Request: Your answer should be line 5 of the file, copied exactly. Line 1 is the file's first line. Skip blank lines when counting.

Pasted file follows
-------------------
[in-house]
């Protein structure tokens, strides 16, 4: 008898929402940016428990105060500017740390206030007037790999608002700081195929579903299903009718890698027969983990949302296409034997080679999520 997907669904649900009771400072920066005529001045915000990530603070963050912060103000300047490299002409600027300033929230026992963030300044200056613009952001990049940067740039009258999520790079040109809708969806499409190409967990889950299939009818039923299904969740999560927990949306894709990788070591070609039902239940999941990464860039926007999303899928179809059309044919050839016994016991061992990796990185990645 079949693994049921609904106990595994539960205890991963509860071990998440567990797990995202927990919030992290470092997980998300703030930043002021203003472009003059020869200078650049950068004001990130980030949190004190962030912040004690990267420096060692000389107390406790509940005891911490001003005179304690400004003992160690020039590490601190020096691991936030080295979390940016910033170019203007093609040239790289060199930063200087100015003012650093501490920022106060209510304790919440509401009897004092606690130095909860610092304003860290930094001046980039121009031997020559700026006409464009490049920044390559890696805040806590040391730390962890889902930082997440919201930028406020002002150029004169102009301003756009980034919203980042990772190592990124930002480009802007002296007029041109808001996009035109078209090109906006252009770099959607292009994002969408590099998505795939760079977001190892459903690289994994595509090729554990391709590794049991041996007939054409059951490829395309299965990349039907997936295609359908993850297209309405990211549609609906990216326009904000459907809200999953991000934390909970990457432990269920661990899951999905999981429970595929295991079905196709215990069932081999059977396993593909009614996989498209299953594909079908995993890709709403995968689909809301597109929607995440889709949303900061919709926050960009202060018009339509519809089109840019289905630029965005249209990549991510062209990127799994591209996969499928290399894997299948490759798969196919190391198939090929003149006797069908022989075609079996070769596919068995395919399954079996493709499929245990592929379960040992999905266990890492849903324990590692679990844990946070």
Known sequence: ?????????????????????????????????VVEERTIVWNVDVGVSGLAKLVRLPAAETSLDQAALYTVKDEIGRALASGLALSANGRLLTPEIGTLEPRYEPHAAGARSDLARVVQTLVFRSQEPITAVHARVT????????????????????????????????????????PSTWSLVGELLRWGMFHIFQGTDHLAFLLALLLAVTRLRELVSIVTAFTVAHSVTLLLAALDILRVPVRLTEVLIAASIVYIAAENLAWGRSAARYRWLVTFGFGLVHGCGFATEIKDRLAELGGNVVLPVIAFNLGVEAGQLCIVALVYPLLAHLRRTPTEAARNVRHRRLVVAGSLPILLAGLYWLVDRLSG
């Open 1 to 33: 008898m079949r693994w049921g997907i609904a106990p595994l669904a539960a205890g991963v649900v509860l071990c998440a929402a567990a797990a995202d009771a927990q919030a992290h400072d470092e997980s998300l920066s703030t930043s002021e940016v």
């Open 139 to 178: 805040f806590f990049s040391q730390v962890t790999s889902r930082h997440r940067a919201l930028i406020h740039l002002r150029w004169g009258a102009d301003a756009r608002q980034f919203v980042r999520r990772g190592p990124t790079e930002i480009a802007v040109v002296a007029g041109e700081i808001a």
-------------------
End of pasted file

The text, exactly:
């Open 139 to 178: 805040f806590f990049s040391q730390v962890t790999s889902r930082h997440r940067a919201l930028i406020h740039l002002r150029w004169g009258a102009d301003a756009r608002q980034f919203v980042r999520r990772g190592p990124t790079e930002i480009a802007v040109v002296a007029g041109e700081i808001a």